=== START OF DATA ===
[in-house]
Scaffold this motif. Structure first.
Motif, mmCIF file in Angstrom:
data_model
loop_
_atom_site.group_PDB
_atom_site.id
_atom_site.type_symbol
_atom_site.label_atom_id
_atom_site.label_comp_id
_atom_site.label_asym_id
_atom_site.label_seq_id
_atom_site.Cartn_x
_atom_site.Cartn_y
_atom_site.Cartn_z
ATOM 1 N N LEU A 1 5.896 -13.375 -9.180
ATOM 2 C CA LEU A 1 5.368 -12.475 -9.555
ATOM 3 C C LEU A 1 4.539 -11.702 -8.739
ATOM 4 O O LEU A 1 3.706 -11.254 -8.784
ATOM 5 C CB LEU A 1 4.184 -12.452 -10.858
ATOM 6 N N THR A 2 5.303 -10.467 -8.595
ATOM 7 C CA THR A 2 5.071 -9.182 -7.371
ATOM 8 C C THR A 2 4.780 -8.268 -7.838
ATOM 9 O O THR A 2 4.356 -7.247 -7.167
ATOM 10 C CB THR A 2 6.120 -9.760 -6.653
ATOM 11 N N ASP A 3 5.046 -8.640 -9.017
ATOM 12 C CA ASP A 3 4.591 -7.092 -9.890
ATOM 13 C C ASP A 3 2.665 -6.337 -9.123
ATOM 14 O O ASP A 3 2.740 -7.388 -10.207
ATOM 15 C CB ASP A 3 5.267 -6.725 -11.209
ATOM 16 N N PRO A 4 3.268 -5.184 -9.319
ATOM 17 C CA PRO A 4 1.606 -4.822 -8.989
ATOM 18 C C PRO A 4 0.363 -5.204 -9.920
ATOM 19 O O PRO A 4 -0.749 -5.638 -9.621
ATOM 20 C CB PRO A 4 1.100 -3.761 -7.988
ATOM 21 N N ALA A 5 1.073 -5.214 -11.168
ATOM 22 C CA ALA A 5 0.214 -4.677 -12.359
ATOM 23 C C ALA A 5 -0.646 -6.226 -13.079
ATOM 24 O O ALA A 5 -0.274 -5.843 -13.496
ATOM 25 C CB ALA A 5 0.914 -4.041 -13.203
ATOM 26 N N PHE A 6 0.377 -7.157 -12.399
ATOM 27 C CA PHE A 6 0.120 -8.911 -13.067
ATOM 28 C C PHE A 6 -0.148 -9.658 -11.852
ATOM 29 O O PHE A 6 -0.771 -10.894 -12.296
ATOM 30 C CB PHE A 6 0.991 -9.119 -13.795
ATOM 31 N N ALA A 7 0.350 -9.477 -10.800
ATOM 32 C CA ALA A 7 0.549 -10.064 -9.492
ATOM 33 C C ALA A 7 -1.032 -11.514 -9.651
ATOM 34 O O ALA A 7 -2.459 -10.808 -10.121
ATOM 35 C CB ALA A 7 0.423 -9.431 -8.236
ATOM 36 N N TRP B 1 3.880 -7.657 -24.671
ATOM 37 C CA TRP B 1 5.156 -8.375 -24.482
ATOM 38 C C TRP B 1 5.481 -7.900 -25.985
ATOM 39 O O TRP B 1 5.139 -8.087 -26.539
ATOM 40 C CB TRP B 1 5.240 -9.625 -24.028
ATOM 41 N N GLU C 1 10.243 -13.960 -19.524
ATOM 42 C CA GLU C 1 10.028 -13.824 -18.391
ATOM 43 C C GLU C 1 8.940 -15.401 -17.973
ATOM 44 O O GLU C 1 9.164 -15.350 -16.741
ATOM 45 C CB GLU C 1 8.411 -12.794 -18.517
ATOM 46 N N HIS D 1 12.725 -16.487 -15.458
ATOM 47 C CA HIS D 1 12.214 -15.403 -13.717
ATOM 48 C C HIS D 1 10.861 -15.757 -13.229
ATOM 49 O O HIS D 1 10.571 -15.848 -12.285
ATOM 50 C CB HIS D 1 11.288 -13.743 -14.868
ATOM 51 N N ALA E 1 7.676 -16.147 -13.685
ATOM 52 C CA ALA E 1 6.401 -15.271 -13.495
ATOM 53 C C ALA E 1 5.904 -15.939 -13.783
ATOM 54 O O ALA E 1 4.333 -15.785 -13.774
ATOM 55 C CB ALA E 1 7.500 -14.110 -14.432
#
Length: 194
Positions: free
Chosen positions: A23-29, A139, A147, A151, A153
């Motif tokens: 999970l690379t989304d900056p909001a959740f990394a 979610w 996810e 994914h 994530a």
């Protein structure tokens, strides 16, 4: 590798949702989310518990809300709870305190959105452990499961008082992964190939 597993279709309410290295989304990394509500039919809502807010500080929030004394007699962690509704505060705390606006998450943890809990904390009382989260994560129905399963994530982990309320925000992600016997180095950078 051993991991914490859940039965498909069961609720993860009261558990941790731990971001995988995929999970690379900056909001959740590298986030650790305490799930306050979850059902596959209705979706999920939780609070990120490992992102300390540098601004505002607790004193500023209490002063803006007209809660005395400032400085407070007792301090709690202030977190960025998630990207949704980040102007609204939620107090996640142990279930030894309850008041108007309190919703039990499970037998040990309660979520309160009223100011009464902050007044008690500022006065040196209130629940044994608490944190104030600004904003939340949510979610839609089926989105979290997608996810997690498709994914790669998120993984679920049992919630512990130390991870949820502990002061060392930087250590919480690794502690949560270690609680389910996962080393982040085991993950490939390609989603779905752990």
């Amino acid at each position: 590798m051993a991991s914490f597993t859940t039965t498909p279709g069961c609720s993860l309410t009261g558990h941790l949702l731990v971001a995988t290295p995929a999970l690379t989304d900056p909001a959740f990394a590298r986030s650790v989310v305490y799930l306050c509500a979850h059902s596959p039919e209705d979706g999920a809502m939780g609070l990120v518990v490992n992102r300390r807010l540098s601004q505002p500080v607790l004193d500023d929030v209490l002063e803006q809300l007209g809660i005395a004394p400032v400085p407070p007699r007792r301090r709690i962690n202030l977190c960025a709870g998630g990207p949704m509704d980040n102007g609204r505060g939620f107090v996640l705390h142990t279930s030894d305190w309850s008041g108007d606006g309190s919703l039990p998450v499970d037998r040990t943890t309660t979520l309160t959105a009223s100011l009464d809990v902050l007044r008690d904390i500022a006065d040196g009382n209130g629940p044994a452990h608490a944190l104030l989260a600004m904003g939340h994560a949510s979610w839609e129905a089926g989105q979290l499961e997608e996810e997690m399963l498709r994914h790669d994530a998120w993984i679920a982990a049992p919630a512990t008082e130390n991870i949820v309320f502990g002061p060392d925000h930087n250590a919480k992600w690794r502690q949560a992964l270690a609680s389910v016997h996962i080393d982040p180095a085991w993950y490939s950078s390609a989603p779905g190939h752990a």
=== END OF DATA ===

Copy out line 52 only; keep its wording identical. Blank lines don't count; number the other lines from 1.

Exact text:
ATOM 37 C CA TRP B 1 5.156 -8.375 -24.482